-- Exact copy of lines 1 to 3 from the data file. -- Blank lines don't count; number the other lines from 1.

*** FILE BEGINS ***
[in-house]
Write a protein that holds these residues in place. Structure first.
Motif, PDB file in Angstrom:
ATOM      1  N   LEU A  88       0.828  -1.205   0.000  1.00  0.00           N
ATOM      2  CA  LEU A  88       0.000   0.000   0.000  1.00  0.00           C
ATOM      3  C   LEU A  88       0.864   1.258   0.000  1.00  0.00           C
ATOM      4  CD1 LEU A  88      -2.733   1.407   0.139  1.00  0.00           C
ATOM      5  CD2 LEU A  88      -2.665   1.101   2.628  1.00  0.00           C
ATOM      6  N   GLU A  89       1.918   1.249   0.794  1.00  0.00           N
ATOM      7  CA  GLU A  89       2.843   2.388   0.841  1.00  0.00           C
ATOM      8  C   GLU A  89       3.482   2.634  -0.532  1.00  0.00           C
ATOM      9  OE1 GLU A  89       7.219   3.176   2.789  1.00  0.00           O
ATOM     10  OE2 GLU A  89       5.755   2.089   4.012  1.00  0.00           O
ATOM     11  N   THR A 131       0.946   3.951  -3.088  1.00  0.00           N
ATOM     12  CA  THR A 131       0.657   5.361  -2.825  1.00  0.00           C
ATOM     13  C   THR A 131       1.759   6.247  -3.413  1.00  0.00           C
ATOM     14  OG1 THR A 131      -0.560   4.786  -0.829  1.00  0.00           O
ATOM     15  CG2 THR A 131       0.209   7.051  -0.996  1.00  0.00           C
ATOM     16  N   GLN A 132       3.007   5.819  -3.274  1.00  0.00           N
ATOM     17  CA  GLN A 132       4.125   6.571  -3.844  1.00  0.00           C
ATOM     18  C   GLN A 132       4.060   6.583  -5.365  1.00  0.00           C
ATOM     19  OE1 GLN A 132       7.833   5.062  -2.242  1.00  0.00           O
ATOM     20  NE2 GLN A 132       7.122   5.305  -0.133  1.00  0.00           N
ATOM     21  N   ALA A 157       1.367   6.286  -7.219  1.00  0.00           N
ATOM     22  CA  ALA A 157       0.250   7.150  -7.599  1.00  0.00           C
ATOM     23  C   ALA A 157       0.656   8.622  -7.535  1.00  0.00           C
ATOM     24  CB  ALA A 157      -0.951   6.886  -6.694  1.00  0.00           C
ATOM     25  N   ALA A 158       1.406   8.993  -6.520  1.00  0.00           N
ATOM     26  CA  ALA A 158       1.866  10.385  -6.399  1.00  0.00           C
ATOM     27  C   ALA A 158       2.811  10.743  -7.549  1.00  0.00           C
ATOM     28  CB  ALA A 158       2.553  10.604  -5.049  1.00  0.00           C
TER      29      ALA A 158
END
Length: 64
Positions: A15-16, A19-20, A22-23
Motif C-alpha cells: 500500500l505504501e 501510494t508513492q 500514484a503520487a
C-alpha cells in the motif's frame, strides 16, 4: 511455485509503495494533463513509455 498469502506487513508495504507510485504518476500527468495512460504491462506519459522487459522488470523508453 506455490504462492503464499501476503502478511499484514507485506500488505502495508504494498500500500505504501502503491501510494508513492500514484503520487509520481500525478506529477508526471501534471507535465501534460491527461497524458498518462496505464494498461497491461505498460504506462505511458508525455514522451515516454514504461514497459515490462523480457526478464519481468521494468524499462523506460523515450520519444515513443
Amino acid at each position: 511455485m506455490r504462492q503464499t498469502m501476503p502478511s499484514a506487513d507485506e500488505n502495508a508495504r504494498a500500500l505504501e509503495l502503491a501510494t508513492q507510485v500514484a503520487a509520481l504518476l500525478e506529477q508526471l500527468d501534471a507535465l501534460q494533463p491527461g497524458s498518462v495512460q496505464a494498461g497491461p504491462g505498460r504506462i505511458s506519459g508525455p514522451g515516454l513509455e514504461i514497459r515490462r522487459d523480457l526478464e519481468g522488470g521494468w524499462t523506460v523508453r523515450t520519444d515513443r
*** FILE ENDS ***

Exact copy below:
[in-house]
Write a protein that holds these residues in place. Structure first.
Motif, PDB file in Angstrom: